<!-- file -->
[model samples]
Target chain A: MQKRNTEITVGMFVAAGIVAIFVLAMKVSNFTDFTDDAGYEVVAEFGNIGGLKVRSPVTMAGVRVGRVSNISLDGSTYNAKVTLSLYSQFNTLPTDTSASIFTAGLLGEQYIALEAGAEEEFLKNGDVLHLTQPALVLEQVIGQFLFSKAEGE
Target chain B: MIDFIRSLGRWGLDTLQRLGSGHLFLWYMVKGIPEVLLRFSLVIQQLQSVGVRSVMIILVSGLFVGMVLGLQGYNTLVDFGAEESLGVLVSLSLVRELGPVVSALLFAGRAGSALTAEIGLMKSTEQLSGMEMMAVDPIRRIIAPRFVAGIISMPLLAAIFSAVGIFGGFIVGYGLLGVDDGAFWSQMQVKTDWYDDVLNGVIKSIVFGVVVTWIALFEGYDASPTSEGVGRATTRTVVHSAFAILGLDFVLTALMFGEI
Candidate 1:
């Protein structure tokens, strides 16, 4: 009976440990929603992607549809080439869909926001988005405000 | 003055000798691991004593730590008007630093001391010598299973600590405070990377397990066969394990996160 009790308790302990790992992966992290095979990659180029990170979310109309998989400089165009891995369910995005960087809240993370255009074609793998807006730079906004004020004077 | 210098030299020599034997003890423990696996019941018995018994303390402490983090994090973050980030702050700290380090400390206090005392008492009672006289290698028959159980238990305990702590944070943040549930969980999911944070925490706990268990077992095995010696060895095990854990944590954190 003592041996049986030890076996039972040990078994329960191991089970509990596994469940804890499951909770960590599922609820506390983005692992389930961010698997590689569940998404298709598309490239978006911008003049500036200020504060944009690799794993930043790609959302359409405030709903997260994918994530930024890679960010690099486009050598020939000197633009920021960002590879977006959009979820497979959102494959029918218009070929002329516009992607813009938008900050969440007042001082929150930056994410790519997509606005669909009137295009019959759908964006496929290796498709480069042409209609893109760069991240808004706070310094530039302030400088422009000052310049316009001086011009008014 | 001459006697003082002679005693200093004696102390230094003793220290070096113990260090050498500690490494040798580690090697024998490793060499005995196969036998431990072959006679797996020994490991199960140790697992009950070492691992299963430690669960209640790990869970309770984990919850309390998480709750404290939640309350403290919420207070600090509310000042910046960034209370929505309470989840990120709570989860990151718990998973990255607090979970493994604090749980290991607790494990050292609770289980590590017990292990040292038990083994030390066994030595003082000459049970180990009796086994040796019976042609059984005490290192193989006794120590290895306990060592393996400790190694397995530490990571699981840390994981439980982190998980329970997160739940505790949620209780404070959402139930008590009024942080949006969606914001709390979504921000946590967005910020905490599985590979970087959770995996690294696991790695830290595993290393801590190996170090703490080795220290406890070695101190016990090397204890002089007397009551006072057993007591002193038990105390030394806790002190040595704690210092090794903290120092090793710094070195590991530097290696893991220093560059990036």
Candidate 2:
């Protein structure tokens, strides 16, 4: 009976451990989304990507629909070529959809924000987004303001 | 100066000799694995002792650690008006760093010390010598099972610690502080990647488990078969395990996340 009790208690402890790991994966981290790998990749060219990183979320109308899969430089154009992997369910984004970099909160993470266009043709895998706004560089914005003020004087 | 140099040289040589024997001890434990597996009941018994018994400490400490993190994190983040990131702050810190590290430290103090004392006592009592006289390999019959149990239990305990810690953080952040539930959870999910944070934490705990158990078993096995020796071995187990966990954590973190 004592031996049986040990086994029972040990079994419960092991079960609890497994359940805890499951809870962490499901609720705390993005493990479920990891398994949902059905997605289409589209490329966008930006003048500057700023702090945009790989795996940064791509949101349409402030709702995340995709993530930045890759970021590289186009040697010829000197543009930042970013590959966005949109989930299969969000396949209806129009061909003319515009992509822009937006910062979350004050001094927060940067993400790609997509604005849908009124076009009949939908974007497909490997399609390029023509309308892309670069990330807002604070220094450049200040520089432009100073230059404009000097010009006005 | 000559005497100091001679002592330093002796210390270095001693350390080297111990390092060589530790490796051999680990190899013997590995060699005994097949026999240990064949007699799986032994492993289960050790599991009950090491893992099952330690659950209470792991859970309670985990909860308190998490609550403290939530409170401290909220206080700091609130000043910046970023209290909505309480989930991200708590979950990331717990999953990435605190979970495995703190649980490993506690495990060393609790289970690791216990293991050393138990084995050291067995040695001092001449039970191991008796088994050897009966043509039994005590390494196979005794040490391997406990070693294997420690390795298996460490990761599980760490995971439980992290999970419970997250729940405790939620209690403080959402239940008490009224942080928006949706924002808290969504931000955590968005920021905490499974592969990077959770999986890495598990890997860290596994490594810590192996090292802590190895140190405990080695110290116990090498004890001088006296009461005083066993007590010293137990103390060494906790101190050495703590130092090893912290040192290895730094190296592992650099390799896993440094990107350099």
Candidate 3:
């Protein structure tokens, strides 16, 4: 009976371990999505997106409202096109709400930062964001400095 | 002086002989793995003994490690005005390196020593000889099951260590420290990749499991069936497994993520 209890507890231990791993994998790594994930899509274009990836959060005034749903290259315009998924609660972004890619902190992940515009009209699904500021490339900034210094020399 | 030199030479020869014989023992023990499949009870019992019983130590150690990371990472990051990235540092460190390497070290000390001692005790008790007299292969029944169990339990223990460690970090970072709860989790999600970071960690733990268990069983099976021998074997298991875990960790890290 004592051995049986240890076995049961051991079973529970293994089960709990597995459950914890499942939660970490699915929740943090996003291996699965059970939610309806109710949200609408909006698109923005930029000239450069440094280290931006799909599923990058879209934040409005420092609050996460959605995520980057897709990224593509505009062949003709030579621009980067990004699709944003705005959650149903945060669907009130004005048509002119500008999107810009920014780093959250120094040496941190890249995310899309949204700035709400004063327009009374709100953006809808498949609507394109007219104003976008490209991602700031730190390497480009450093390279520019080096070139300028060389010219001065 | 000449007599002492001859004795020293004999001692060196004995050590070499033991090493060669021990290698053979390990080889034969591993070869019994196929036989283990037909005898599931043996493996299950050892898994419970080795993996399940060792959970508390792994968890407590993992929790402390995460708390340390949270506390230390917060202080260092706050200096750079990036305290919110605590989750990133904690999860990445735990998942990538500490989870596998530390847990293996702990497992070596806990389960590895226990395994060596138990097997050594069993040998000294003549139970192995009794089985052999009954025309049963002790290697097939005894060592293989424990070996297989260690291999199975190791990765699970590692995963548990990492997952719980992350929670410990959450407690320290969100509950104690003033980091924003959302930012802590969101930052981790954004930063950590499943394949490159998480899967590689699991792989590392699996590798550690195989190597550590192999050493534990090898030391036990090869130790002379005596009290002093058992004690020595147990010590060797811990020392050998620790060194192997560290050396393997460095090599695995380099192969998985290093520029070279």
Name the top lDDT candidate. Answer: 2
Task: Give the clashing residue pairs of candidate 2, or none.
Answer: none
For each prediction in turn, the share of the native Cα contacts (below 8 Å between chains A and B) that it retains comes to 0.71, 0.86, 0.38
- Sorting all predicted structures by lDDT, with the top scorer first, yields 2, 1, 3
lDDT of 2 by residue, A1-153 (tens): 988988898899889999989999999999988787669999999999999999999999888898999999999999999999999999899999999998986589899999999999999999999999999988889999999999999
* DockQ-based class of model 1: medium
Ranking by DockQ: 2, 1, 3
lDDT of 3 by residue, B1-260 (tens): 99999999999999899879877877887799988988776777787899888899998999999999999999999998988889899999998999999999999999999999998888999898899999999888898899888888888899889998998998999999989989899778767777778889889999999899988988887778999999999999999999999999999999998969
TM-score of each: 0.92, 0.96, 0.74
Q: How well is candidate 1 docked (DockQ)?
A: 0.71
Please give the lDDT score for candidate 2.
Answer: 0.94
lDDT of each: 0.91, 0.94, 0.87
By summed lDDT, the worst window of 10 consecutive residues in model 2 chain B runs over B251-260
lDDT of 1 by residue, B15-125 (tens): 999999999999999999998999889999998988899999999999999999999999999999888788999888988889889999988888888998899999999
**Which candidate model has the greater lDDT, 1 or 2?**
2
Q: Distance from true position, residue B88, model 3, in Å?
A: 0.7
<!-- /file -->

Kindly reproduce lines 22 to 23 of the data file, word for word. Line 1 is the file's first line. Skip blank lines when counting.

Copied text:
Please give the lDDT score for candidate 2.
Answer: 0.94